public String getDomain()
public void setDomain(String domainPattern)

These methods get or set the domain to which the cookie applies. Normally, the browser returns cookies only to the same hostname that sent them. You can use setDomain method to instruct the browser to return them to other hosts within the same domain. To prevent servers from setting cookies that apply to hosts outside their domain, the specified domain must meet the following two requirements: It must start with a dot (e.g., .prenhall.com); it must contain two dots for noncountry domains like .com, .edu, and .gov; and it must contain three dots for country domains like .co.uk and .edu.es. For instance, cookies sent from a servlet at bali.vaca_tions.com would not normally get returned by the browser to pages at mexico.vaca_tions.com. If the site wanted this to happen, the servlets could specify cookie.setDomain(".vacations.com").

public int getMaxAge()
public void setMaxAge(int lifetime)

These methods tell how much time (in seconds) should elapse before the cookie expires. A negative value, which is the default, indicates that the cookie will last only for the current session (i.e., until the user quits the browser) and will not be stored on disk. See the LongLivedCookie class (Listing 2.18), which defines a subclass of Cookie with a maximum age automatically set one year in the future. Specifying a value of 0 instructs the browser to delete the cookie.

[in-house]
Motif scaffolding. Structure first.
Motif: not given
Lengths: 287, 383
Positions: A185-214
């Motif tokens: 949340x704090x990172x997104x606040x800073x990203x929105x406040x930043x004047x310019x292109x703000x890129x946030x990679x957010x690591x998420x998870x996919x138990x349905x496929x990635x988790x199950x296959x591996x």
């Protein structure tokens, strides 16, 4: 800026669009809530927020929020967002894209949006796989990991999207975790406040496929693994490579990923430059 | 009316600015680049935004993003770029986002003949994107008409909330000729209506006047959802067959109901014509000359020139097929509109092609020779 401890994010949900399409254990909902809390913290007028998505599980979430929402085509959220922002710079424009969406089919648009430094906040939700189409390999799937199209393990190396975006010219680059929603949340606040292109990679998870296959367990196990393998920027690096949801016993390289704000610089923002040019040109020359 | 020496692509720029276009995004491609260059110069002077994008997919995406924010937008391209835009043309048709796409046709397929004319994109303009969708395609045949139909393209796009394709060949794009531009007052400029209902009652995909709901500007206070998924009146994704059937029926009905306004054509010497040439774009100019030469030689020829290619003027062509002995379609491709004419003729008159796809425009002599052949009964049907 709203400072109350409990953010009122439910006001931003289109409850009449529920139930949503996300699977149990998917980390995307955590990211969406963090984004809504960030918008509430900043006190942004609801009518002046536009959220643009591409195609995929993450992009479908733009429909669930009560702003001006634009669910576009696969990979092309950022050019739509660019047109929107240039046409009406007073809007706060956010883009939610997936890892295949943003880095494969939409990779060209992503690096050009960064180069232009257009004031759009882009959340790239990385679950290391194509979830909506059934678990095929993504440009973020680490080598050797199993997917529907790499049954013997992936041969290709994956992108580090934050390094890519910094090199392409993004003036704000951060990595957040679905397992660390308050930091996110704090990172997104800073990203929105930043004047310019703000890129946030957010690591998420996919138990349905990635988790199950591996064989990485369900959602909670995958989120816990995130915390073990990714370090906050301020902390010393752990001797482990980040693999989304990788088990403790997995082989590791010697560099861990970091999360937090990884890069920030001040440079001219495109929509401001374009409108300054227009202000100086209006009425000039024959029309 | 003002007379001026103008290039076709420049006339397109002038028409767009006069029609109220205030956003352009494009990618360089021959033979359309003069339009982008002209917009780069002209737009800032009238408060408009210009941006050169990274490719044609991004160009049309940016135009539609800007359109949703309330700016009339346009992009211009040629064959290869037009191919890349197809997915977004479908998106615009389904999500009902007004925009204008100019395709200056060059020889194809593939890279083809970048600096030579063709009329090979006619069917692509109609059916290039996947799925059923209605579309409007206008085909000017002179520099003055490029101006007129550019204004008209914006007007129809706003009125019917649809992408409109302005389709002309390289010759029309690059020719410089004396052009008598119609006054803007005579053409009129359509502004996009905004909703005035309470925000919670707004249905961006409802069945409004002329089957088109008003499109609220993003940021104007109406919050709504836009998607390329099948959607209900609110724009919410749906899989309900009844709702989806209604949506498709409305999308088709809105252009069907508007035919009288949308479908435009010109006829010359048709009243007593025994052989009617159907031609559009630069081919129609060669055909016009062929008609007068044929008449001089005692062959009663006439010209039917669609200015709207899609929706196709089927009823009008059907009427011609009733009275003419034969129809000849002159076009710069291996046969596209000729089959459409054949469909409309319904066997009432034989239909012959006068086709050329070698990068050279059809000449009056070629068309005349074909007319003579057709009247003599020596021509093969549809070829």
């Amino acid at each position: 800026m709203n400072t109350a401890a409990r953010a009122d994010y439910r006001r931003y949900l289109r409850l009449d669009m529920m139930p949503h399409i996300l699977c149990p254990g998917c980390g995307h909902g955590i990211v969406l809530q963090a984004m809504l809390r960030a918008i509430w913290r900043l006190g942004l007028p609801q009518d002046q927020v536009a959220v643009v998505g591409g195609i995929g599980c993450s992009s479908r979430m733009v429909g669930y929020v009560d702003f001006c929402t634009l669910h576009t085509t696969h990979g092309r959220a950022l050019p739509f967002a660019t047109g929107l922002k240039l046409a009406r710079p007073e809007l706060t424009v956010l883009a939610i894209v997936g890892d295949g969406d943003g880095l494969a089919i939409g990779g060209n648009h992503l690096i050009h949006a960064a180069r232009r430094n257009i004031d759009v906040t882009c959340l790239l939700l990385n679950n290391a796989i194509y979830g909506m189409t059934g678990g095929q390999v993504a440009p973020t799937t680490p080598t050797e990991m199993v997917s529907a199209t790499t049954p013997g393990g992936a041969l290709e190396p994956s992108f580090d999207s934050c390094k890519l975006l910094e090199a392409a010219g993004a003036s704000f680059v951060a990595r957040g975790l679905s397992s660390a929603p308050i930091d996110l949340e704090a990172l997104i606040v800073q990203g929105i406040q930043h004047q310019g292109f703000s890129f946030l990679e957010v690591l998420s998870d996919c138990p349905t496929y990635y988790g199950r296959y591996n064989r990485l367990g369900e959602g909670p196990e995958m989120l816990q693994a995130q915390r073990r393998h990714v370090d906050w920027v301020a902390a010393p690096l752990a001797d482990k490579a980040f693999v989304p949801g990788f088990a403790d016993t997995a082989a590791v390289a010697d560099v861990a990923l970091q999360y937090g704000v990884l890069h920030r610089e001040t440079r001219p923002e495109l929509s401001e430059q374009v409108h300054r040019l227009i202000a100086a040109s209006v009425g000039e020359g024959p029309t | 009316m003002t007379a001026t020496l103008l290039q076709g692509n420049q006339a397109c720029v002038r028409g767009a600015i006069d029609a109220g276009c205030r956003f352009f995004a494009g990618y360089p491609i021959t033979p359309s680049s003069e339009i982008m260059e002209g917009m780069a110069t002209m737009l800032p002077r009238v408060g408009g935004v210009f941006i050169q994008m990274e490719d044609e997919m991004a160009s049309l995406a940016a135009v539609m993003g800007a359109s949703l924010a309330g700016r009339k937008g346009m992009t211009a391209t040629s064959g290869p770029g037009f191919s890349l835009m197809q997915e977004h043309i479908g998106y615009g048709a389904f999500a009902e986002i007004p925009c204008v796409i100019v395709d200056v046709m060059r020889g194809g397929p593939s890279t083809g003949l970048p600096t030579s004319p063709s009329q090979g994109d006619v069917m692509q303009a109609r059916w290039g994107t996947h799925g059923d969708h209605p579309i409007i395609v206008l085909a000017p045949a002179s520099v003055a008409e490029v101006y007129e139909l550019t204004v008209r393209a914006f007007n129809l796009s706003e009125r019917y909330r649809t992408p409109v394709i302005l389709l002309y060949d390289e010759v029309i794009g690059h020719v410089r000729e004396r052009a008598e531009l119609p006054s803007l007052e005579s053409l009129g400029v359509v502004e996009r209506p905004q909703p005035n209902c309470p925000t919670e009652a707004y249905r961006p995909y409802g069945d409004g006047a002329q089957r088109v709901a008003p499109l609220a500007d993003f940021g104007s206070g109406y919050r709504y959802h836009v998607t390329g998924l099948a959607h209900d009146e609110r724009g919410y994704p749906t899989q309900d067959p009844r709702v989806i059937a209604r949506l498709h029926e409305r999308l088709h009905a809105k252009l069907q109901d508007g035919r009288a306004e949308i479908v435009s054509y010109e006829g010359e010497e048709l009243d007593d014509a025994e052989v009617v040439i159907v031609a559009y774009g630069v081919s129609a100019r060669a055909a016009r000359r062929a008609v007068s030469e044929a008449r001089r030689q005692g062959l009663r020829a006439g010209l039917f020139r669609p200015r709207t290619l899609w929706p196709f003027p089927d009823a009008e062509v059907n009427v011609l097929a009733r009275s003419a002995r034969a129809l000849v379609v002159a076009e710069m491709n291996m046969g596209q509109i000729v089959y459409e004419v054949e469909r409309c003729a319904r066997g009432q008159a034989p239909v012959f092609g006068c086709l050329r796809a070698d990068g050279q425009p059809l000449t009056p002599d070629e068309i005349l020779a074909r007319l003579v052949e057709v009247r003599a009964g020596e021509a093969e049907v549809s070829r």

public String getName()
public void setName(String cookieName)

This pair of methods gets or sets the name of the cookie. The name and the value are the two pieces you virtually always care about. However, since the name is supplied to the Cookie constructor, you rarely need to call setName. On the other hand, getName is used on almost every cookie received on the server. Since the getCookies method of HttpServletRequest returns an array of Cookie objects, a common practice is to loop down the array, calling getName until you have a particular name, then to check the value with getValue. For an encapsulation of this process, see the getCookieValue method shown in Listing 2.17.